--rotate command uses this signal to request journal file rotation.
Request that all unwritten log data is written to disk. The
journalctl --sync command uses this signal to trigger journal
synchronization, and then waits for the operation to complete.
KERNEL COMMAND LINE
A few configuration parameters from journald.conf may be overridden on
the kernel command line:
Enables/disables forwarding of collected log messages to syslog,
the kernel log buffer, the system console or wall.
See journald.conf(5) for information about these settings.
Journal files are, by default, owned and readable by the
"systemd-journal" system group but are not writable. Adding a user to
this group thus enables her/him to read the journal files.
By default, each logged in user will get her/his own set of journal
files in /var/log/journal/. These files will not be owned by the user,
however, in order to avoid that the user can write to them directly.
Instead, file system ACLs are used to ensure the user gets read access
Additional users and groups may be granted access to journal files via
file system access control lists (ACL). Distributions and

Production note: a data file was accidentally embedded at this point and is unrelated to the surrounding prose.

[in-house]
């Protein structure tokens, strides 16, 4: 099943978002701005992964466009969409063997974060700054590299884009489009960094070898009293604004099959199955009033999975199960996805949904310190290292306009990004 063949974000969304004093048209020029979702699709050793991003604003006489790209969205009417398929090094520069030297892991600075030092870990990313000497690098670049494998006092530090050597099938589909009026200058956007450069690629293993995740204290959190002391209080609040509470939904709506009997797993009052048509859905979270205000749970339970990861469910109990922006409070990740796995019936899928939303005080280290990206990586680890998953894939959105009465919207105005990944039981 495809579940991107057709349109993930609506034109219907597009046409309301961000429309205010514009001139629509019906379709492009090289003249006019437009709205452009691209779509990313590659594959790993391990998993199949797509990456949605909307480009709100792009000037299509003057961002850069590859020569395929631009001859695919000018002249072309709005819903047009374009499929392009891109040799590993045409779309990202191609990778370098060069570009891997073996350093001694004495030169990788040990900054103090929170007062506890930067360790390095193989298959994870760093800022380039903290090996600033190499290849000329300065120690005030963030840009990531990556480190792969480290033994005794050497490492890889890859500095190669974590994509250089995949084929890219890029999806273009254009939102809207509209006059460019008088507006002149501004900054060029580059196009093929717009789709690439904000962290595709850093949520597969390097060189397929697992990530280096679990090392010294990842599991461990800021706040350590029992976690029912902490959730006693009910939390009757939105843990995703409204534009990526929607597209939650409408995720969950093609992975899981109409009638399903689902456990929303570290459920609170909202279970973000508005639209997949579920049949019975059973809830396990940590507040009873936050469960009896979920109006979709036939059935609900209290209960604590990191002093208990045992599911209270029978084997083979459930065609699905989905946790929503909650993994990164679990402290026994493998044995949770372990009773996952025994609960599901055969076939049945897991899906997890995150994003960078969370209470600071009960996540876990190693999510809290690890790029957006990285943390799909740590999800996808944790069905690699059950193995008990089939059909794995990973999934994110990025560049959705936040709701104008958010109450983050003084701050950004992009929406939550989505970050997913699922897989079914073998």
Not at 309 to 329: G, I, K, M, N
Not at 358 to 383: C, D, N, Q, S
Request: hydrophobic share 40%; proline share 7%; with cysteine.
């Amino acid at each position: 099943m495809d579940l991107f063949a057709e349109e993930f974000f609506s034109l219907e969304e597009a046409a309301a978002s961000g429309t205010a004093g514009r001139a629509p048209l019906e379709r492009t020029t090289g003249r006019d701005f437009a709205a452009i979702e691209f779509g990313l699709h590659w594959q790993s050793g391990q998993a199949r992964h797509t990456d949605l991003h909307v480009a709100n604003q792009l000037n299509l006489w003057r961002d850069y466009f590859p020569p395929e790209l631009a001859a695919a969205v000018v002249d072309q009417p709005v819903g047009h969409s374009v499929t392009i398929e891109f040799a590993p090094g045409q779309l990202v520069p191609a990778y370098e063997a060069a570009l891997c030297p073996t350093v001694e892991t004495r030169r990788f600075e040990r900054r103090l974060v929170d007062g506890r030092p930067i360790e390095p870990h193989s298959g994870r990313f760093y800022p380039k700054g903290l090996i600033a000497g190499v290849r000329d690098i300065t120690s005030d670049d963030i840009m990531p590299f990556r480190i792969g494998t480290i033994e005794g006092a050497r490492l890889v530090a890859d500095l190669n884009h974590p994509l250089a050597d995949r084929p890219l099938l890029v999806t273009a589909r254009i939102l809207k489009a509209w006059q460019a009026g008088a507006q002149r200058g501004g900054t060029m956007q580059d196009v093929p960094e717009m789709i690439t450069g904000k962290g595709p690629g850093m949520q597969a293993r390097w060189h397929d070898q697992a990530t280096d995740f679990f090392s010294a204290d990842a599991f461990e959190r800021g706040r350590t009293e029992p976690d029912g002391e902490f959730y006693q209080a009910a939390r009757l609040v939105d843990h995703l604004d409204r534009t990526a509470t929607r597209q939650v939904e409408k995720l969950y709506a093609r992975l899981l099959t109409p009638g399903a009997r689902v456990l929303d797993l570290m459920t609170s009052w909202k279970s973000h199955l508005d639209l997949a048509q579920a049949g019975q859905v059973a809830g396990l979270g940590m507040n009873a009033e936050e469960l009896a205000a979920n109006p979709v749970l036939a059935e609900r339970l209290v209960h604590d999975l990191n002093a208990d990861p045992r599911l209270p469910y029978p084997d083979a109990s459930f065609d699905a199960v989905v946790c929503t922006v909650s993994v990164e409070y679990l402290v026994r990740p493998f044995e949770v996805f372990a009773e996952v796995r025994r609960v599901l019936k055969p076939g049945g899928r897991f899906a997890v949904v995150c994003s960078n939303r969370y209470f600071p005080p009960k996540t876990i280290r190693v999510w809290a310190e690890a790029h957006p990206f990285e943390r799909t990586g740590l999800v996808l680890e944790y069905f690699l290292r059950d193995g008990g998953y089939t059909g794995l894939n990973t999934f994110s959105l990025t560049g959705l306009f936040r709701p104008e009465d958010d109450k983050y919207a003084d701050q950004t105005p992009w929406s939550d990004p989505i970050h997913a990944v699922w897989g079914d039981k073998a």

administrators may choose to grant read access to all members of the
"wheel" and "adm" system groups with a command such as the following:
# setfacl -Rnm g:wheel:rx,d:g:wheel:rx,g:adm:rx,d:g:adm:rx /var/log/journal/
Note that this command will update the ACLs both for existing journal
files and for future journal files created in the /var/log/journal/
Configure systemd-journald behavior. See journald.conf(5).
systemd-journald writes entries to files in
/run/log/journal/machine-id/ or /var/log/journal/machine-id/ with
the ".journal" suffix. If the daemon is stopped uncleanly, or if
the files are found to be corrupted, they are renamed using the
".journal~" suffix, and systemd-journald starts writing to a new
file. /run is used when /var/log/journal is not available, or when
Storage=volatile is set in the journald.conf(5) configuration file.
/dev/kmsg, /dev/log, /run/systemd/journal/dev-log,
Sockets and other paths that systemd-journald will listen on that
are visible in the file system. In addition to these, journald can
listen for audit events using netlink.
systemd(1), journalctl(1), journald.conf(5), systemd.journal-fields(7),
sd-journal(3), systemd-coredump(8), setfacl(1), sd_journal_print(4),
systemd 237 SYSTEMD-JOURNALD.SERVICE(8)